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Top Sacred Trees Around the World


Top Sacred Trees Around the World

People travel all around the world in search of spirituality and to walk on the sacred path of salvation. But they completely overlook those sacred trees of enlightenment that grow in the groves nearby. The trees not only sustain life on Earth but also influence various aspects of human life, including culture and beliefs.

We learn about the importance of trees at an early age in our lives. Can you recall your grandma’s bedtime stories with mythical tales, religious triumphs, and wise, benevolent trees? Yes, it is because, throughout history, people have symbolized trees as sacred entities and linked them with different cultures and beliefs. This article will explore some of the greatest and most sacred trees found around the world.

Banyan tree

Banyan Tree - Top Sacred Trees Around the World

Hindus around the world regard Trees as the dwelling place of Gods and spirits. The most sacred Banyan tree has a great symbolic representation that describes the three cosmic functions: Creation, Preservation, and Destruction. The belief is that the roots of the tree represent Lord Brahma (God of Creation), the trunk represents Lord Vishnu (God of Preservation) and the branches represent Lord Shiva (God of Destruction) altogether forming the Trimurti or Trinity that describes the three cosmic functions.

In Hinduism, there are also other sacred trees, such as the Bodhi tree also known as the tree of enlightenment, which is revered by Buddhists as the place where the Buddha attained enlightenment. Furthermore, Neem, Amla, and Tulsi are revered for their medicinal values. You can also see the use of flowers for worshiping Hindu deities in Hinduism, given that flowers symbolize purity.

Shinboku tree

Shinboku Tree - Top Sacred Trees Around the World

In the native Shinto religion of Japan, we can predominately see the worship of natural elements. The belief is that all natural entities, such as mountains, trees, and rivers, are the sacred body of the Kami, the deities, and holy powers. In other words, these elements are considered to embody spiritual forces that are chiefly respected in Japanese culture.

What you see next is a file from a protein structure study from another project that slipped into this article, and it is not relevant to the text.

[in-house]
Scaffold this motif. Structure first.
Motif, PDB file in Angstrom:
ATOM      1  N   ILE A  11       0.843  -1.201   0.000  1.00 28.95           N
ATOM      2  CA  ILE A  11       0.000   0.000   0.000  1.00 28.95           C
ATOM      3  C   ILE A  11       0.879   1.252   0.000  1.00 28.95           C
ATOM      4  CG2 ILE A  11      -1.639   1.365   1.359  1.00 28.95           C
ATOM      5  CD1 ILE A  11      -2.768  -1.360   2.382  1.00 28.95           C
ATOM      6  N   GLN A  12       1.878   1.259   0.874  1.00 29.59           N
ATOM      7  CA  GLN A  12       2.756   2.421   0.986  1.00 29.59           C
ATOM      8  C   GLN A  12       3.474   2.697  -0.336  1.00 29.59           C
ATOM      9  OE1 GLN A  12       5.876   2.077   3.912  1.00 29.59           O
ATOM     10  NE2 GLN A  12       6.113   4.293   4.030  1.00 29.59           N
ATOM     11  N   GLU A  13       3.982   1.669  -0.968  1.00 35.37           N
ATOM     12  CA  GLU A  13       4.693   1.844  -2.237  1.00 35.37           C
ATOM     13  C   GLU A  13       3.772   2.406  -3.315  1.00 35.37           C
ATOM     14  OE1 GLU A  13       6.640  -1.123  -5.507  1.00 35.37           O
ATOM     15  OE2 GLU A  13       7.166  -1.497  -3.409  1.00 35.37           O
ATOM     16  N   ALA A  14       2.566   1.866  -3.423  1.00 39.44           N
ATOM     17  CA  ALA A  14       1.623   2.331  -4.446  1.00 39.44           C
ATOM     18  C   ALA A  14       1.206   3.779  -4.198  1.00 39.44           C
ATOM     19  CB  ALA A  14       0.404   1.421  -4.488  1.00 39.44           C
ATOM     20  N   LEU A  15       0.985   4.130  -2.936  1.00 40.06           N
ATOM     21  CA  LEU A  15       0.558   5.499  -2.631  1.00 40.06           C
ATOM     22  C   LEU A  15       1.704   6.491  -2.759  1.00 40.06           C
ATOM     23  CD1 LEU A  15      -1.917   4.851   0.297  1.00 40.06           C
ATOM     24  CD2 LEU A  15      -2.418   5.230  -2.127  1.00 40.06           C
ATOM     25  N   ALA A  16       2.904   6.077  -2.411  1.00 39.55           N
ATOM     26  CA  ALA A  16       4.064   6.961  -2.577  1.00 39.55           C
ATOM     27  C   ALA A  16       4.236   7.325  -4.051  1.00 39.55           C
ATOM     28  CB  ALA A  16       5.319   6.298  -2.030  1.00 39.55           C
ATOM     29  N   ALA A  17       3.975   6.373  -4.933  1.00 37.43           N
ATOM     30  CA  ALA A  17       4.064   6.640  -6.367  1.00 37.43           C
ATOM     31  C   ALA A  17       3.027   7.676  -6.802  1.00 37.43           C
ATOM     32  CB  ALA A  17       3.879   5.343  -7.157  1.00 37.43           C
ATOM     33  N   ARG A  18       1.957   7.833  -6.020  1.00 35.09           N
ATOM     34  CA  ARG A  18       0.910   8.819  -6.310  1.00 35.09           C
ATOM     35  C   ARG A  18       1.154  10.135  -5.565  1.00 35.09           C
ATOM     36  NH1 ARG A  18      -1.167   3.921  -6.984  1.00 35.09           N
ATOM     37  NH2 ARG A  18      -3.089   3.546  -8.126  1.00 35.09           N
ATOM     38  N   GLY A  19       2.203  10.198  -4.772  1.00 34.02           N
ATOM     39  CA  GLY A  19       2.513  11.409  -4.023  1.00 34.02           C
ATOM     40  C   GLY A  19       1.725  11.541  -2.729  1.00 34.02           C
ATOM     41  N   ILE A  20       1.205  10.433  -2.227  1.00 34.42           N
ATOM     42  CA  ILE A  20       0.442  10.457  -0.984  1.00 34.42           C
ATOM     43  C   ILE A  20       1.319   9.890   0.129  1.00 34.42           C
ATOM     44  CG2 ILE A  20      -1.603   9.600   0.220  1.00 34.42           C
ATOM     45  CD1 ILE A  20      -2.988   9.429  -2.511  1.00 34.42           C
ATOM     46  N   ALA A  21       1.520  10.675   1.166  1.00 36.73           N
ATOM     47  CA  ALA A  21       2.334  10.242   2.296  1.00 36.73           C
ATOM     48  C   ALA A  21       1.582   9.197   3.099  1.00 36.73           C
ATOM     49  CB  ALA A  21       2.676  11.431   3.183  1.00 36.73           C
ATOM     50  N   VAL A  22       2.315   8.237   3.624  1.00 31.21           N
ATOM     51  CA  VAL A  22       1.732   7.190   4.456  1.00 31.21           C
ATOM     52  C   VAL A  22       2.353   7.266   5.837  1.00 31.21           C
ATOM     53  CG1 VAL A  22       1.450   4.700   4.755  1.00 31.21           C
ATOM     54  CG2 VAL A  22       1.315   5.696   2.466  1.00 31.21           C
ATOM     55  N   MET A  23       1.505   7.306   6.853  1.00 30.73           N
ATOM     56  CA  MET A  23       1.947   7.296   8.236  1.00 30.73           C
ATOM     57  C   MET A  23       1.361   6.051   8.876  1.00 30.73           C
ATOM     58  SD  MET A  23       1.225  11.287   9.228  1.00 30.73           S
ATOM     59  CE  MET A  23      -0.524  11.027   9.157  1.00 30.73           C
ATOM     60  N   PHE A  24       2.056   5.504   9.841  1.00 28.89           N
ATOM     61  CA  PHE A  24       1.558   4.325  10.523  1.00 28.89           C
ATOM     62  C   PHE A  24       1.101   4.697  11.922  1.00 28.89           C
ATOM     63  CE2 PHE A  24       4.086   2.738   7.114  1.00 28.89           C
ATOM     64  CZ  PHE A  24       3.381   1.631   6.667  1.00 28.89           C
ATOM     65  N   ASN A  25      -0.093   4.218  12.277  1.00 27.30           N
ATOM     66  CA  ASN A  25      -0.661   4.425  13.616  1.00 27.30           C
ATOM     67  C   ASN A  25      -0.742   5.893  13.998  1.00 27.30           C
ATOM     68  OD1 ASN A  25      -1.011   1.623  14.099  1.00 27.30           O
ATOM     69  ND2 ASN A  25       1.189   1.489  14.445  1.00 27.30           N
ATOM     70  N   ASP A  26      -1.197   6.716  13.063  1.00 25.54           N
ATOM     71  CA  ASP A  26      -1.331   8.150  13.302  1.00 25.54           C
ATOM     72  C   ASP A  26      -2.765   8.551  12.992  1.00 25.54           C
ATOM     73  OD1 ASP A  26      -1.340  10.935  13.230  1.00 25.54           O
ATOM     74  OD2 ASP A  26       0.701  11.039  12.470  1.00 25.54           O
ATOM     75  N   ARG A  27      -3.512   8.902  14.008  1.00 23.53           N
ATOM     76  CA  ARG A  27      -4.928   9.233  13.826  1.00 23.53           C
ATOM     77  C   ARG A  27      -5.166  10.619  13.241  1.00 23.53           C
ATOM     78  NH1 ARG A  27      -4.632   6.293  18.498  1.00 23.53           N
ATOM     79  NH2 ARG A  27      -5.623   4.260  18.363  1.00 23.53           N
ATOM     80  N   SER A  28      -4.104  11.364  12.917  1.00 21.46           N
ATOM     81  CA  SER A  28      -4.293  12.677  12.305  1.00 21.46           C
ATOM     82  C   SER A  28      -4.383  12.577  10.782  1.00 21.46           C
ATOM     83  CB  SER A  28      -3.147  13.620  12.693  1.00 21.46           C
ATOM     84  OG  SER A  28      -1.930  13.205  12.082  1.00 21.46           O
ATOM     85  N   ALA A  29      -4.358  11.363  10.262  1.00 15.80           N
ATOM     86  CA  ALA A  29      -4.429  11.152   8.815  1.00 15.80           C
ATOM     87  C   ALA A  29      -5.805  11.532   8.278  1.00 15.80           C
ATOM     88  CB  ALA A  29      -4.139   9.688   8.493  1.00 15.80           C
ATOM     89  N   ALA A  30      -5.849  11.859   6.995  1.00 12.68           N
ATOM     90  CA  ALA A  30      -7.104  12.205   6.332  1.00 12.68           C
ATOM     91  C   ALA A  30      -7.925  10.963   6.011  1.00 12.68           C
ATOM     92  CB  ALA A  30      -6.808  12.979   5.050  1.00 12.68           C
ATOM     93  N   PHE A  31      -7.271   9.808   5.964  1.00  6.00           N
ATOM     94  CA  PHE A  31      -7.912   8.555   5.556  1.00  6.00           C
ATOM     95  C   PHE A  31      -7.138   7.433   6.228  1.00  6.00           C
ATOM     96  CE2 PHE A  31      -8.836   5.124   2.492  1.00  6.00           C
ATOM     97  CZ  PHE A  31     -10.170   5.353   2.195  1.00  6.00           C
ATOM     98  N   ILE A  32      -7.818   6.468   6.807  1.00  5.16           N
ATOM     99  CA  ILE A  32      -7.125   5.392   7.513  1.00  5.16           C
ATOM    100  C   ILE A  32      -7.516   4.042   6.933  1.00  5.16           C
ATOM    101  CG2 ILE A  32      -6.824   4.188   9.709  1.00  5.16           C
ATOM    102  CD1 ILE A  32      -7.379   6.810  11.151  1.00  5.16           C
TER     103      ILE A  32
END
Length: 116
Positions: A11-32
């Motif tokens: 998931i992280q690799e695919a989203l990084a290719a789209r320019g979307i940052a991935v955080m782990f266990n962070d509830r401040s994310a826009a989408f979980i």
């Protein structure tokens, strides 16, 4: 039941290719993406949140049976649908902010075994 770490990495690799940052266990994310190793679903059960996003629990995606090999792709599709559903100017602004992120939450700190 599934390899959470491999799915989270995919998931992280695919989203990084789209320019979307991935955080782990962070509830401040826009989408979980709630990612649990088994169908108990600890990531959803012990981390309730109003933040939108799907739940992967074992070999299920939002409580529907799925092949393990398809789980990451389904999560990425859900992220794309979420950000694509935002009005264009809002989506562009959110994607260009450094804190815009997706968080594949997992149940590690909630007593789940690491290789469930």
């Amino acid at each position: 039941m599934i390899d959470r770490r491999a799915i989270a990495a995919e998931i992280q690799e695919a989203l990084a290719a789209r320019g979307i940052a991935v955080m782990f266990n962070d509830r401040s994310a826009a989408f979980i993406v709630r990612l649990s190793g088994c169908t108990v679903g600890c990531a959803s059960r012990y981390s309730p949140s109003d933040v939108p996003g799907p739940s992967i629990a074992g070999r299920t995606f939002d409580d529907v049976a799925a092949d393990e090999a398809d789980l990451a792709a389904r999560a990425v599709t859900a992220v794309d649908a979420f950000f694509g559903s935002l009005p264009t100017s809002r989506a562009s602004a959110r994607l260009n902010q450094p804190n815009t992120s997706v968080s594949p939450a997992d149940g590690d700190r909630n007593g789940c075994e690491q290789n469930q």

The Shinto people mostly worship Shinboku Tree to make a sacred connection through the divine spirits of nature. They also tie a Shimenawa or rope of purification to the tree for a sacred appearance. You can find this sacred tree across most of the Shrines in Japan.

Baobab tree

Baobab Tree - Top Sacred Trees Around the World

The Baobab Tree is one of the main icons of Africa and surrounds many folklore and belief. Native to the African savannah, where the climate is arid, it’s the sole symbol of life and positivity. Also called the “Tree of Life,” many indigenous communities believe it is a sacred tree, due to its spiritual ability to heal. People use its roots, bark, and fruit in making traditional African medicines.

Although, Baobab Tree grows in the poorest and remotest rural areas of the African savannah. But it creates a greater social impact on the community and families, as a crop. As a result, the sacred tree has kept its belief in the heart of millions of people of the African savannah.

Ceiba Tree

Ceiba Tree - Top Sacred Trees Around the World

The Ceiba tree is a tropical tree native to North and South America and Africa. It has had great symbolic importance to the Maya civilization since ancient times. According to Maya mythology, it has been a symbol of the universe and signifies a route of communication between the three levels of earth, connecting the underworld, earth, and heaven. Likewise Banyan tree, its roots represent the connection to the underworld, and its trunk represents a connection to the middle world or earth, where the branches represent a connection to heaven.

However, in recent times, the Ceiba Tree is facing many threats from deforestation and habitat loss. Although there are ongoing efforts to protect and preserve the Ceiba Tree.

These were some of the most sacred trees around the world. Despite their cultural and ecological significance, many sacred trees around the world are under threat. This not only endangers spiritual beliefs but also has a significant impact on biodiversity through habitat loss, soil erosion, and climate change. But we can stop this from happening, by putting hands together to conserve and rise awareness about their conservation.

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